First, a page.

Literacy Now

Latest Posts
ILA Next
ILA Membership
ILA Next
ILA Membership
  • Librarian
  • Special Education Teacher
  • Classroom Teacher
  • Blog Posts
  • Teaching Strategies
  • Comprehension
  • Foundational Skills
  • Social Studies & History
  • Children's Literature
  • English Language Arts
  • Content Areas
  • Literacy Education Student
  • Topics
  • Putting Books to Work
  • The Engaging Classroom
  • ~9 years old (Grade 4)
  • ~8 years old (Grade 3)
  • ~7 years old (Grade 2)
  • ~18 years old (Grade 12)
  • ~17 years old (Grade 12)
  • ~16 years old (Grade 11)
  • ~15 years old (Grade 10)
  • ~14 years old (Grade 9)
  • ~13 years old (Grade 8)
  • ~12 years old (Grade 7)
  • ~11 years old (Grade 6)
  • ~10 years old (Grade 5)
  • Tutor
  • Teacher Educator
  • Reading Specialist
  • Job Functions
  • Content Types

Putting Books to Work: Mama’s Nightingale: A Story of Immigration and Separation

By Laren Hammonds
 | Jan 06, 2016

Mama’s Nightingale: A Story of Immigration and Separation. Edwidge Danticat. Ill. Leslie Staub. 2015. Penguin/Dial.

Ages 7­–18

Summary

pbtw mamas nightingaleEdwidge Danticat’s words and Leslie Staub’s vibrant images combine in Mama’s Nightingale: A Story of Immigration and Separation to tell the story of Saya, a young girl whose mother, a Haitian immigrant, has been imprisoned because she is undocumented. Saya’s father petitions the local mayor, congresswoman, and news outlets for support in bringing his wife home, to no avail. No one ever responds.

During this time of separation, Saya’s mother begins recording bedtime stories and mailing them to Saya to help maintain their connection. In particular, she tells a story about a nightingale who goes on a long journey to return home to her baby, paralleling her desire to return home to her own child. One day, as Saya watches her father write yet another letter on his wife’s behalf, she decides to write her own letter to share her story. Instead of the silence Saya’s father’s letters elicited, Saya receives a response almost immediately, first from one reporter, then another. Soon after, members of the community send their own letters and make calls advocating for Saya’s family. After only one week, Saya’s mother is brought before a judge who rules that she may go home to her family while she awaits her papers.

Cross-Curricular Connections

English/language arts, social studies/history

Ideas for Classroom Use

Analyze Nonprint Texts

The rich illustrations found in quality picture books offer opportunities for students to analyze nonprint texts. Students can examine the book’s illustrations, identifying elements that help to reveal character, underscore the author’s message, and symbolize big ideas and explaining how these elements help to convey the story. Students may also comment on visual motifs such as the key, the nightingale, and the rainbow.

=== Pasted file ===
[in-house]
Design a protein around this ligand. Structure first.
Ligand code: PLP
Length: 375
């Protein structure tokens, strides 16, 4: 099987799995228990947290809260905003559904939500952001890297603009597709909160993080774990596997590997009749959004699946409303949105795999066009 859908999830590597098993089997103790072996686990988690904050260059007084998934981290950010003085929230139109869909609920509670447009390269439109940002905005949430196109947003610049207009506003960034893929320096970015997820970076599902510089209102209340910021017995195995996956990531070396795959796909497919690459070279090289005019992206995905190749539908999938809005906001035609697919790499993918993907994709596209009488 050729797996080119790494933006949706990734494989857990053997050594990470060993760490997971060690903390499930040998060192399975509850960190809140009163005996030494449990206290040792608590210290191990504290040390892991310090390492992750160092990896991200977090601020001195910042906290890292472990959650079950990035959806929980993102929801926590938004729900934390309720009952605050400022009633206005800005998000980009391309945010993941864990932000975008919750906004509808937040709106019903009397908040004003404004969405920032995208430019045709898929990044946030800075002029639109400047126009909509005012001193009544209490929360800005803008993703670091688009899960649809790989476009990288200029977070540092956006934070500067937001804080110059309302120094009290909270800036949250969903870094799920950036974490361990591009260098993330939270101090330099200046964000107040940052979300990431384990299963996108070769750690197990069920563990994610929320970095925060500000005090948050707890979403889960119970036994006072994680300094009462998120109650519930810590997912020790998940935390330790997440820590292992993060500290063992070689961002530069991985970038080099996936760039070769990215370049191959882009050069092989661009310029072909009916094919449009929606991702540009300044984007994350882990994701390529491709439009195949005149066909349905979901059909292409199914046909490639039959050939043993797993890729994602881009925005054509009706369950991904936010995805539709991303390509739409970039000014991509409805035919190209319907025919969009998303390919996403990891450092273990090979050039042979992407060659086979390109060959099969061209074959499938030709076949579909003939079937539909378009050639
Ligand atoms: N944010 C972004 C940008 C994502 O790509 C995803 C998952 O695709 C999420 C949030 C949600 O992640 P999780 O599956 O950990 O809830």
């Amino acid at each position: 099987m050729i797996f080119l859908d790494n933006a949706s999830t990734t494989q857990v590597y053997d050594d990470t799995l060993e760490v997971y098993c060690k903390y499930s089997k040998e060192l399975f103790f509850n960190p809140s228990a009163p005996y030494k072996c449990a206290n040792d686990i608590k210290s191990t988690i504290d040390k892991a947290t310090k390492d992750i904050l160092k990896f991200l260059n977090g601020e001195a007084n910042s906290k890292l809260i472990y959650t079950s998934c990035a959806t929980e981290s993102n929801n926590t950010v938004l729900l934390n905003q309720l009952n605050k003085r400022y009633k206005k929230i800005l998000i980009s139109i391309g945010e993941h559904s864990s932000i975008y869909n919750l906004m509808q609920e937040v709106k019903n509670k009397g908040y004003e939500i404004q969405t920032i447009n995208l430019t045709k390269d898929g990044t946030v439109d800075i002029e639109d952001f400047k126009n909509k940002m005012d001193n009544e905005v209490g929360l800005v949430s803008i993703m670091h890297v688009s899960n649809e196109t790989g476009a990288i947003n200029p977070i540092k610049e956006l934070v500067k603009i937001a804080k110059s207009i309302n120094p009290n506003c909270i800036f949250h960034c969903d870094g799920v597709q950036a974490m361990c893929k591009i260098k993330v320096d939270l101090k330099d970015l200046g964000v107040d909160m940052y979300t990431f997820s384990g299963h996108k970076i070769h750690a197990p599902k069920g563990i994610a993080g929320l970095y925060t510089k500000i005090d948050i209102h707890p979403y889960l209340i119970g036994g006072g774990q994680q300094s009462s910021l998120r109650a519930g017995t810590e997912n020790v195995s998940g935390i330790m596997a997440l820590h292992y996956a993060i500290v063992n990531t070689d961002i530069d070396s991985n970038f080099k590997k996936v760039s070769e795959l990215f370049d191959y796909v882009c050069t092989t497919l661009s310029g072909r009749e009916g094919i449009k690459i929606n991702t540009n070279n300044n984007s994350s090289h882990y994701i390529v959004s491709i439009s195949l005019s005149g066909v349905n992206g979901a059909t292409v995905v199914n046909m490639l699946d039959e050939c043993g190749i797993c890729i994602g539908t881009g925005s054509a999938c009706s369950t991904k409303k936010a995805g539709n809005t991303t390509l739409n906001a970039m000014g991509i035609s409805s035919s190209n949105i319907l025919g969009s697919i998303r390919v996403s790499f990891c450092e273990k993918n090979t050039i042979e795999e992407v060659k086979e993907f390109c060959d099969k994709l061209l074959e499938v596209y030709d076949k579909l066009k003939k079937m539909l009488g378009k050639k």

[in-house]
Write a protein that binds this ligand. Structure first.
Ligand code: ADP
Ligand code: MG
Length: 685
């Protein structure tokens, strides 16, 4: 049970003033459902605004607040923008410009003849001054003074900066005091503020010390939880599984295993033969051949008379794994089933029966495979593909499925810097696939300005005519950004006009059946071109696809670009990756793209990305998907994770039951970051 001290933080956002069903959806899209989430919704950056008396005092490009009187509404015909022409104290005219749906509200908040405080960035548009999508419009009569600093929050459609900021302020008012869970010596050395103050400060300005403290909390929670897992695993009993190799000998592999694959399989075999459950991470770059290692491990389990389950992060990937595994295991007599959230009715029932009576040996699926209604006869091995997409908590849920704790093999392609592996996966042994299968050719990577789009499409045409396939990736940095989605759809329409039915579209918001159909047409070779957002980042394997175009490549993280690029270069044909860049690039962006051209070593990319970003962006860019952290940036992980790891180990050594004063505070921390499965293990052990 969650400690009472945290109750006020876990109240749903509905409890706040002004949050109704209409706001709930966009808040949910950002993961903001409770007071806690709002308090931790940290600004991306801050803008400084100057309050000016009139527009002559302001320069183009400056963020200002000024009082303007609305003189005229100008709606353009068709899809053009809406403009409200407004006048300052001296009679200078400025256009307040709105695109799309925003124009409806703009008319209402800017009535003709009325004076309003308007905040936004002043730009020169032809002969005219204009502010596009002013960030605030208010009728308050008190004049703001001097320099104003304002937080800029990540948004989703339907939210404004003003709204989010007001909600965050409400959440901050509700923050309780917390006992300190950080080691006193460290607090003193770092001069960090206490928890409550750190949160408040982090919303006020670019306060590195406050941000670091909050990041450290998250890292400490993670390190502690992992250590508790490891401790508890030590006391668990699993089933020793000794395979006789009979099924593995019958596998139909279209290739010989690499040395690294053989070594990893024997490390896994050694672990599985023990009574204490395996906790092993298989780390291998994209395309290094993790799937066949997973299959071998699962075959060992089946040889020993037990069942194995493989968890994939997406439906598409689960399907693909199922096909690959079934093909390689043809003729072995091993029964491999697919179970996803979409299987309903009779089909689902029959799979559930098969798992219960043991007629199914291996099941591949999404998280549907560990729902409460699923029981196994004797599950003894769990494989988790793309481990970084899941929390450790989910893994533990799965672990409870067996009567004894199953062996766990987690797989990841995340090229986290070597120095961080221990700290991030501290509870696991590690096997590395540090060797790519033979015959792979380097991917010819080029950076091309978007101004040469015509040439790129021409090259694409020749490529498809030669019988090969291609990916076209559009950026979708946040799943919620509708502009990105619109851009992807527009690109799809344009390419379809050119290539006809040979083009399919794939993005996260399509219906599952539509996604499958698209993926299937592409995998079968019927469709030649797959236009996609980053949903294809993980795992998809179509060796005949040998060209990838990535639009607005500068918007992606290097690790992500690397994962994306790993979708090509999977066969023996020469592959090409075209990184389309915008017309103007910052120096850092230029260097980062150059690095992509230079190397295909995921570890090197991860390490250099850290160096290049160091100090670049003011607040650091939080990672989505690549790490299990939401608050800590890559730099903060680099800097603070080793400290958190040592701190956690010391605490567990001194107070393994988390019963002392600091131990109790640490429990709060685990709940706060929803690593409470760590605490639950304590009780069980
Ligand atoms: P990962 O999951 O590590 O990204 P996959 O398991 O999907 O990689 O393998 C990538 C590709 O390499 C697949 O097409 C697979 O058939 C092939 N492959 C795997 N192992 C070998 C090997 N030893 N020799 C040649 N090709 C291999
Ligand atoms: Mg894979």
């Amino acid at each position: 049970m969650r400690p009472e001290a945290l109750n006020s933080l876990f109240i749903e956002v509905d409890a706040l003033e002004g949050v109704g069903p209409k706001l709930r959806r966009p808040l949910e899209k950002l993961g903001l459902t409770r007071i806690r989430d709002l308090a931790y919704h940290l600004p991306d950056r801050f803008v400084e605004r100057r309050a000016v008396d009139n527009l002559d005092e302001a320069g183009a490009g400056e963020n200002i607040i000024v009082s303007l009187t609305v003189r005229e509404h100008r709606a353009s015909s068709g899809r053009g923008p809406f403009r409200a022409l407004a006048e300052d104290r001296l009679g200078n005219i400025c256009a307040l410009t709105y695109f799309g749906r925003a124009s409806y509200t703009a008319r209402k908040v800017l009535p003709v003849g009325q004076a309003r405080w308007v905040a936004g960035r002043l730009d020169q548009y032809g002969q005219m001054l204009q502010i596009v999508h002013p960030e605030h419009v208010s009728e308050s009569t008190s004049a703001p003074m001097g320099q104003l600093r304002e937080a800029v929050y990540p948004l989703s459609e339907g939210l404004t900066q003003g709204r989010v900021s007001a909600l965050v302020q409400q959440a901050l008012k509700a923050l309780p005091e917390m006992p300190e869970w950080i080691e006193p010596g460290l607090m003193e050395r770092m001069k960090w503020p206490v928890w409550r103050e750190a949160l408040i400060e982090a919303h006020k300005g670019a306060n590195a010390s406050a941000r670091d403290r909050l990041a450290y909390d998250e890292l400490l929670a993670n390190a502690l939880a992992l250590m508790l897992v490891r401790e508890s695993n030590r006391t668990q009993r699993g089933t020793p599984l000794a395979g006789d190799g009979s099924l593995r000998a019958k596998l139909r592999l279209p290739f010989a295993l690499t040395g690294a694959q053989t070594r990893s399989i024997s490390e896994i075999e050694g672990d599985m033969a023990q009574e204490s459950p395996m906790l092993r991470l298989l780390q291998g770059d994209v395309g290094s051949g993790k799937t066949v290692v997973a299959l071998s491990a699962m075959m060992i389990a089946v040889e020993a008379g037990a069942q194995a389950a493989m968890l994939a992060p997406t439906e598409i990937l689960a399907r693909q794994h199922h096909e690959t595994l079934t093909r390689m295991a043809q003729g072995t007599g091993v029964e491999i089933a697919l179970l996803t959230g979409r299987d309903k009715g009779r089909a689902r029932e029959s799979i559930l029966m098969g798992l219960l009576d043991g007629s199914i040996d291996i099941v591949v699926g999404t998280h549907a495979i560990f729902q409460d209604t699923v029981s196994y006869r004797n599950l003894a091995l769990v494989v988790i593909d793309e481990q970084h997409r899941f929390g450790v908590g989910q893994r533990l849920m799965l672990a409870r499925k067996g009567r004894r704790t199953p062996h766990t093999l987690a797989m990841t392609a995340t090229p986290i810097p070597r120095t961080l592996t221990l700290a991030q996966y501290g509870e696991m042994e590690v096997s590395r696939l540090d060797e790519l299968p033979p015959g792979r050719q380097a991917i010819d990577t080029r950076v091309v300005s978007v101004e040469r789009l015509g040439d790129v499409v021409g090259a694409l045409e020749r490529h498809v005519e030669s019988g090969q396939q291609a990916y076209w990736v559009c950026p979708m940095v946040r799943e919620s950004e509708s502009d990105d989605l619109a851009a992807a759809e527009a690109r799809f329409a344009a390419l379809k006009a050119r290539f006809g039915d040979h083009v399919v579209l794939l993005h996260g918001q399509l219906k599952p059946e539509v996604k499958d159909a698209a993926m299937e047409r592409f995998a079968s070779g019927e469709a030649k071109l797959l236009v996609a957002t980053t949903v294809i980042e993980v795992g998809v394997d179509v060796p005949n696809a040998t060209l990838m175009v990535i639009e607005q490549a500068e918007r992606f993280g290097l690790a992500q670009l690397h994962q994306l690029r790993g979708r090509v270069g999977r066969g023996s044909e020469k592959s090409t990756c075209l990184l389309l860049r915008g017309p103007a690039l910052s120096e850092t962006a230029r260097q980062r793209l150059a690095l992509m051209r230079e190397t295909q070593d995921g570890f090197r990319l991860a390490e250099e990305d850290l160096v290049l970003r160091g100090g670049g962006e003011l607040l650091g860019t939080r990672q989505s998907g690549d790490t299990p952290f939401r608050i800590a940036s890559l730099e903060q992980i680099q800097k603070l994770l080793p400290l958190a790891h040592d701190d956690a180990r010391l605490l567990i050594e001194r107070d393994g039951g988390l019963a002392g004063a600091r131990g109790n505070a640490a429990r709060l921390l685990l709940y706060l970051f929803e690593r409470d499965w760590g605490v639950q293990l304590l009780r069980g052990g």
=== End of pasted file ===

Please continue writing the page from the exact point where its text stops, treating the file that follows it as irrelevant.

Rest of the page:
Determine Theme and Write Thematic Statements

Picture books like this one are a great way to introduce students to the skills of identifying theme and writing thematic statements. Saya herself says, “It is our words that brought us together again.” How do the writer’s words help to convey her message?

Write to Persuade

Saya’s story demonstrates that every child has the power to make a difference. Individually, students can explore a cause meaningful to them, research the cause, and then write to a local leader advocating for their cause. Collectively, students might develop a campaign for a cause of their choosing.

Research the Effects of Immigration and Separation

The author herself grew up in a family that experienced separation caused by immigration, and the topic of immigration continues to be a part of national and international discussions. All students can learn more about the human side of immigration, and older students can examine the role immigration will play in the 2016 U.S. presidential election.

Additional Resources

U.S. Immigrations and Customs Enforcement (ICE) website has information about the U.S. Department of Homeland Security, including data on the number of people deported, detained, or both each year.

Edwidge Danticat’s “Stories of Haiti”TED Talk in which the author shares her wealth of knowledge about Haiti’s culture and people.

laren hammonds headshotLaren Hammonds has been a classroom teacher since 2004, working with students in grades 7–12. She currently spends her workdays with eighth graders at Rock Quarry Middle School in Tuscaloosa, AL, and every other moment reading books and seeking out adventures with her preschool son Matthew and husband Erik. A two-time graduate of the University of Alabama, she holds a master’s degree in instructional technology and is currently pursuing National Board Certification. Her professional interests include the intersection of video games and literacy, cross-curricular collaboration in secondary schools, preservice teacher support, and the impact of classroom design on student learning. Find her on Twitter and Instagram.  

 

Leave a comment

Back to Top

Categories

Recent Posts

Archives